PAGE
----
I'm not perfect, so sometimes my attempts at disciplining my kids don't go as planned. For the most part my parenting style is a true mix of good cop/bad cop, and it's not easy to straddle that line. I usually lean more to one side or the other, leaving my kids to wonder if I'm Jekyll or Hyde on any given day. That doesn't mean anyone gets a say in how I reprimand my children, though. In fact, there are more than a few questions no one gets to ask me when I'm disciplining my kid. At the top of that no-no list? Anything involving spanking. It's no offense to anyone who chooses to utilize that method, but I've done it a time or two and I've never, ever felt as though it fixes anything.
In my experience, all spanking (or any form of corporal punishment) does it fracture the relationship I have with my kids while simultaneously teaching them that hitting is the answer. Personally, that's not the lesson I want them to learn from whatever negative behavior or actions they've shown. I think there are better, more effective ways to right a wrong. As a result of my personal belief, I've implemented time-outs, restricted privileges, established an early bedtime when necessary, and use other, gentler methods of discipline when possible.
On the other side of the authority coin, I'm also the "yeller" in the family. I loathe this about myself, to be sure, and believe it comes from growing up in a household where I never felt heard. It catches my children's attention, sure, but their response isn't usually what I intend to elicit. I don't want them to cower or shut their eyes in fear of me or my voice. That doesn't teach them anything. I don't want them to feel misunderstood, or as though I've skipped right over establishing open lines of communication and jumped right to shouting or raising a hand (or whatever quick, short-sighted emotional response I choose in the moment).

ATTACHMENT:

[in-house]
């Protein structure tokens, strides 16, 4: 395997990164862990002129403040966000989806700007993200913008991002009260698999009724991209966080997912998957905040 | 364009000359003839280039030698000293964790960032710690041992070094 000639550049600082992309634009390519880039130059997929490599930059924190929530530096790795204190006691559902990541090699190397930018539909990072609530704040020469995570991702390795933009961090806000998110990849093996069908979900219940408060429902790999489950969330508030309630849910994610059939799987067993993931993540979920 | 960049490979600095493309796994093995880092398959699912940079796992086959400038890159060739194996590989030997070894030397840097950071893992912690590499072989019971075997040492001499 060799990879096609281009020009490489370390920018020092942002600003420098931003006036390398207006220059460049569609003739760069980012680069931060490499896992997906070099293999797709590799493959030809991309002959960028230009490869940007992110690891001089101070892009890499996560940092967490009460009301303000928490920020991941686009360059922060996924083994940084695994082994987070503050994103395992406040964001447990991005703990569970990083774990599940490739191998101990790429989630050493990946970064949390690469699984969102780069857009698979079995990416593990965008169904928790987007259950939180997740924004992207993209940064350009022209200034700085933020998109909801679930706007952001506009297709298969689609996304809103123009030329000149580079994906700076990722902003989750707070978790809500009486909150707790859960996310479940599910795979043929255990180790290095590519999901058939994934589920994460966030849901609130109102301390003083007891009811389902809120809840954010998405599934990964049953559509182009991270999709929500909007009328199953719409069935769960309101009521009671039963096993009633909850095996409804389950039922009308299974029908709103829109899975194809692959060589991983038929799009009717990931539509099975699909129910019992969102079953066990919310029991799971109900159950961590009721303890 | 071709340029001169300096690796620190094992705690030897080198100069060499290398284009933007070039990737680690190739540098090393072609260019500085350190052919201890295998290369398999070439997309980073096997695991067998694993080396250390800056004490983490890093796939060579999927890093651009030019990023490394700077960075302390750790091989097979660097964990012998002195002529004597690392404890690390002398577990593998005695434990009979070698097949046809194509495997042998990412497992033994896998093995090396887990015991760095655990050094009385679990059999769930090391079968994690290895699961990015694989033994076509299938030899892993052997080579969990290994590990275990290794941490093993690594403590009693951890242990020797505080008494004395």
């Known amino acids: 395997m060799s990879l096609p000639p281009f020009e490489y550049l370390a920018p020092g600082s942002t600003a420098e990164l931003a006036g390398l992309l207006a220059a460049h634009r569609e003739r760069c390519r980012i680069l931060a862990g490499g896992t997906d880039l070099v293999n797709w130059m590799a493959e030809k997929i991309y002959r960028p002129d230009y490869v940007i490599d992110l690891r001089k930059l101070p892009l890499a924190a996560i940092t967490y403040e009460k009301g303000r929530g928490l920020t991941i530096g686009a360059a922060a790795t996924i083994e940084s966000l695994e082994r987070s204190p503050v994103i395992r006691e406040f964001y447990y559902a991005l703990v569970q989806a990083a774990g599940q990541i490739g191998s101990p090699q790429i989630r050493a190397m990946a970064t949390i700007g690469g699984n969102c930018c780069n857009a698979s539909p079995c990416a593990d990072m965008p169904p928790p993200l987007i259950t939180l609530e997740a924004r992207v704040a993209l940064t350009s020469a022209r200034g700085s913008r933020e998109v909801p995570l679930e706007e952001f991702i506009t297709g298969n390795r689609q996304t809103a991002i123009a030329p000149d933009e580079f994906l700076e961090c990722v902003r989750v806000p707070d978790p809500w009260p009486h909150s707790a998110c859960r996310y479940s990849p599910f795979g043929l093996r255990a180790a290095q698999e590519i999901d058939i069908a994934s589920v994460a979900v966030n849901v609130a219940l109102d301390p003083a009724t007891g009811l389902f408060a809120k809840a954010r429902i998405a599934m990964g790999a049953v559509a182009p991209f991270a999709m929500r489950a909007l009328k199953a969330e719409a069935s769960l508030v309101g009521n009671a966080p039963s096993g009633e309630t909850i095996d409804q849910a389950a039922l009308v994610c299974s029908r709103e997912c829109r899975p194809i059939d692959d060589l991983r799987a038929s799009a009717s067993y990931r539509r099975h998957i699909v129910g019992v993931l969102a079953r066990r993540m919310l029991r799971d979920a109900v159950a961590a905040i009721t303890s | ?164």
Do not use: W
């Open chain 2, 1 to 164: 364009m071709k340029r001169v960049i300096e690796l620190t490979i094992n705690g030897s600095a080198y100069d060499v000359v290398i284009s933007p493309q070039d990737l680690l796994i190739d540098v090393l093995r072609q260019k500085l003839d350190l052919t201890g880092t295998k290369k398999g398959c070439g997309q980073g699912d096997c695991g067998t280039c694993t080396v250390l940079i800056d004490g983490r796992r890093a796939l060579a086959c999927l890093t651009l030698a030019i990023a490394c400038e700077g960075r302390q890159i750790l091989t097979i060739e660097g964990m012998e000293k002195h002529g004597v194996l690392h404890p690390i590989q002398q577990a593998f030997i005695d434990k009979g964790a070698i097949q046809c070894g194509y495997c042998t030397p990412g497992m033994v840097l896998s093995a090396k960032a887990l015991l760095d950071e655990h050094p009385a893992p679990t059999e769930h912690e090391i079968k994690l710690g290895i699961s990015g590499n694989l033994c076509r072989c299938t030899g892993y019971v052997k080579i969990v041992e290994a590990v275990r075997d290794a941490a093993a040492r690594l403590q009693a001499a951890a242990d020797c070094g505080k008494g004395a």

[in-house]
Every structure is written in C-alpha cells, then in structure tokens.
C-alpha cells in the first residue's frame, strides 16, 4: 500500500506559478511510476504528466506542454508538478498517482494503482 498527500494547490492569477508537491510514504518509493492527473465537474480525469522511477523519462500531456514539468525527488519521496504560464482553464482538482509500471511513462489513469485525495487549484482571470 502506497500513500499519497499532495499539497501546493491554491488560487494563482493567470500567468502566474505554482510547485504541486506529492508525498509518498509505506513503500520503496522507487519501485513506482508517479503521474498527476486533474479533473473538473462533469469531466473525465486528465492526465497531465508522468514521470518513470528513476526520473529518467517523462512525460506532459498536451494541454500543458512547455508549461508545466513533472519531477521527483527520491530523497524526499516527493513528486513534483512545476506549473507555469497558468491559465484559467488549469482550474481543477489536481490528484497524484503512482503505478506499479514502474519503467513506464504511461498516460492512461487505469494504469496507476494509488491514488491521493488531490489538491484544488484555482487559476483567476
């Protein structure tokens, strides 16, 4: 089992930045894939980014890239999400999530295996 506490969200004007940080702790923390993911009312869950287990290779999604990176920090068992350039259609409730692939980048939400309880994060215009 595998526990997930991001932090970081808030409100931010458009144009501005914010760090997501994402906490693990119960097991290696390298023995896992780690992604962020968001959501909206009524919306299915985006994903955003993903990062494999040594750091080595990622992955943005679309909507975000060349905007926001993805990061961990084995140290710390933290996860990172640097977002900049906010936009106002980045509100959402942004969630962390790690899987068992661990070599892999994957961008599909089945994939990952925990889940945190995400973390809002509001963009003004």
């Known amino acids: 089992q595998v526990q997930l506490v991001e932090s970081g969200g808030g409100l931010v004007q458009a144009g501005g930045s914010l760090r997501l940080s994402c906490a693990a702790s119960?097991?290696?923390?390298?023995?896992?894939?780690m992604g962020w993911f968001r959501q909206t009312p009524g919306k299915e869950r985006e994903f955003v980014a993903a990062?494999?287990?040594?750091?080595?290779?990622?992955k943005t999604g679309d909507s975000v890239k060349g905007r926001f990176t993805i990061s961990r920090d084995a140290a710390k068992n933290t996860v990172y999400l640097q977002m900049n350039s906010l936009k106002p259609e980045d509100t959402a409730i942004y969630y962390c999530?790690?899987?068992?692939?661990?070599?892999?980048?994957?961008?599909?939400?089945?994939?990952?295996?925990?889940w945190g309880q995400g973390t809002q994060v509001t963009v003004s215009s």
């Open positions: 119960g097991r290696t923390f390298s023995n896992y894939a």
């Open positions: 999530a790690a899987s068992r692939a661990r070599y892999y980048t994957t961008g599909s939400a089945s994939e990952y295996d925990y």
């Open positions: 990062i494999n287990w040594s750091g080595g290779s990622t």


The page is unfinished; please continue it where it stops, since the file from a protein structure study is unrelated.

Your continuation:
I want my kids to respect me, and I've learned over the years that's not something I can demand. Instead, I have to lead by example. It takes practice — and, again, I'm not perfect — but if the end goal is to raise happy, well-adjusted kids that go into adulthood with the right emotional tools, it's important I continue to straddle that line between good cop and bad cop. This is why you don't get to ask me any of the below questions when I'm disciplining my kid.
"Why Don't You Spank Them?"
I realize, and accept, there are advocates on both sides of the aisle when it comes to spanking. Where some swear by gentle punishment, others are vocal about spanking. As I said, though, the few times I've lost my cool and resorted to this type of discipline, I never felt good or accomplished as a parent. It didn't take the tension away or teach my kids a lesson. Instead I felt guilty, as though I didn't deserve to be their mother.
I remember being spanked as a child and, for both me and my parents, nothing was ever resolved because of it. If anything, it pushed me farther from them and made me want to act out more. Regardless of your stance on spanking, when I'm disciplining my child in a way that works for us, it's not up for debate.